The western Indian city of Pune was battered by 140 mm (5.5 inches) of rain in 48 hours this week, in what the Maharashtra state chief minister called an “unprecedented” level of monsoon rain.
“Last night in Pune there was a lot of heavy rain that developed into an unprecedented storm,” said Chief Minister Devendra Fadnavis on Thursday, in a video he tweeted.
“Because of this, a large amount of water entered low-lying areas and caused a lot of damage. There is the possibility that some people were swept away and some people were killed after a wall collapsed over there,” he added.
Most of the rain came on Wednesday, and carried over until early Thursday. 15,000 people were evacuated from Baramati, one of the worst-affected areas, and 38 emergency shelters were set up, officials say.
At least 14 people have died, including a 9-year-old boy, according to district and state officials. Prashant Ranpise, chief fire officer of the Pune Fire Brigade, said many of the deaths resulted from buildings and walls collapsing during flash floods.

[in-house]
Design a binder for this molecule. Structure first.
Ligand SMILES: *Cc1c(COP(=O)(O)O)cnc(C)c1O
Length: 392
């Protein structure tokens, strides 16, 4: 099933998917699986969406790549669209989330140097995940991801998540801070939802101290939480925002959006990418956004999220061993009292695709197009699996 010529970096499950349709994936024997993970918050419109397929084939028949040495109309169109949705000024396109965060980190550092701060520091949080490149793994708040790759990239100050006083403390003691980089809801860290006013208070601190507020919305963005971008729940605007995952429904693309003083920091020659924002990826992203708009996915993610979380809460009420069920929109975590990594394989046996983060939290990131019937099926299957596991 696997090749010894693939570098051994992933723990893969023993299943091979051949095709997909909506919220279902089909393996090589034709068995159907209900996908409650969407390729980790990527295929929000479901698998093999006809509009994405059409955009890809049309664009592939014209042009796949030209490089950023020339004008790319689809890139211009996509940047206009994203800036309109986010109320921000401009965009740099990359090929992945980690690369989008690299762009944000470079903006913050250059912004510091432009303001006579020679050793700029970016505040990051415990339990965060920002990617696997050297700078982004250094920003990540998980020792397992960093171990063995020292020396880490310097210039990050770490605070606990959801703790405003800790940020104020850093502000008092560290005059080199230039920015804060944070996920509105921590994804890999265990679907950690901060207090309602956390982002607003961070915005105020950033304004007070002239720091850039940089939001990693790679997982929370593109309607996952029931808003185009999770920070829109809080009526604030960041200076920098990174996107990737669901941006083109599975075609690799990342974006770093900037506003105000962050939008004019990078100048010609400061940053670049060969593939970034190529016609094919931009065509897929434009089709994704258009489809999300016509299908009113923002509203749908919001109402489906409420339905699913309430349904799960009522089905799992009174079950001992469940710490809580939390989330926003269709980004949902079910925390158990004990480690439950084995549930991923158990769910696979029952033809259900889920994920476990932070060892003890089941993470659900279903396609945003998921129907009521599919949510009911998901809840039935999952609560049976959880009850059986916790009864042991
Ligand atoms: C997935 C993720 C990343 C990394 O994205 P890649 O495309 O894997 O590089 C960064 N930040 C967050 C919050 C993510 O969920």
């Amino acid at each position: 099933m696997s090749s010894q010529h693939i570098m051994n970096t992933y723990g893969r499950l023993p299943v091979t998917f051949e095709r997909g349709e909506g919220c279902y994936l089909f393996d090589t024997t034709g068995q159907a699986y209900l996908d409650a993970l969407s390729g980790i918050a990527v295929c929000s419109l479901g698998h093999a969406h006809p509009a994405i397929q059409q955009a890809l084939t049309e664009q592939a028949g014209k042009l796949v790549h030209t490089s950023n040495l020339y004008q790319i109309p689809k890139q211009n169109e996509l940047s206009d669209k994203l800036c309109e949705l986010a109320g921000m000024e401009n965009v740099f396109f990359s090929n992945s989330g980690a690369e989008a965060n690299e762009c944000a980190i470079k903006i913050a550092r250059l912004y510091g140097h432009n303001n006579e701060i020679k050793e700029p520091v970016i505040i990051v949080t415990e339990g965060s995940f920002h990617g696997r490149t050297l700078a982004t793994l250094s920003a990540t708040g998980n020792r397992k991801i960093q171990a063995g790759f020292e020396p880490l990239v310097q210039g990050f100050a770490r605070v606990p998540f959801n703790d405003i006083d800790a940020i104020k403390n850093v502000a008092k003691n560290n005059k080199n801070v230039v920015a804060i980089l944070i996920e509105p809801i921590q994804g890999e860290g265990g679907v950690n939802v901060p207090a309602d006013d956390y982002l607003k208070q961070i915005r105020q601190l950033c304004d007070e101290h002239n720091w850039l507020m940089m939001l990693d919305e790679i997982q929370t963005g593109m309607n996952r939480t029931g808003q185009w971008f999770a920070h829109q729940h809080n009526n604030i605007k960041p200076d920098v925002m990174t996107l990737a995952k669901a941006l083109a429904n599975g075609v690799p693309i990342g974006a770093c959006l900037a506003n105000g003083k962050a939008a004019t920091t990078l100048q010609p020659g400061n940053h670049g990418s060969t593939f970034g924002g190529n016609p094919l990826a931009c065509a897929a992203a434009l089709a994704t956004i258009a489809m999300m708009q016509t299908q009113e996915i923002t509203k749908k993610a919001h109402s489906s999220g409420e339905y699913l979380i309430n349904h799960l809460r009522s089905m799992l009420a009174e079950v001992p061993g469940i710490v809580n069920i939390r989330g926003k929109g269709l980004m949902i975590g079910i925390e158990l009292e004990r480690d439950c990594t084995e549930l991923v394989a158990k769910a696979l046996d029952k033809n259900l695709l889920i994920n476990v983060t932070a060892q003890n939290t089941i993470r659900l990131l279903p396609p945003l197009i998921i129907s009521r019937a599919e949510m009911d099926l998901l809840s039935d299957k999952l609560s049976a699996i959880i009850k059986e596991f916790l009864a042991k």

Another nine people are still missing, according to Naval Kishore Kumar, the Pune district collector.
School students waded through shin-deep water to get to school, and motorcyclists drove through flooded streets. Apartment complexes were flooded, and residents stepped through mud-covered floors to clear debris from their homes.
After the rains receded late Thursday, images from Pune show the aftermath — cars overturned and washed away, and the bodies of drowned cattle scattered on the road.
Six of the deaths happened in urban areas, with the other five occurring in rural parts of Pune, which lies about 124 miles (199.5 kilometers) south-west of financial hub Mumbai. The National Disaster Response Force, a federal agency, has been deployed, and there are 275 personnel are working on rescue and relief operations in the affected areas, said Kumar. The death toll may rise as the full extent of the damage becomes clear.
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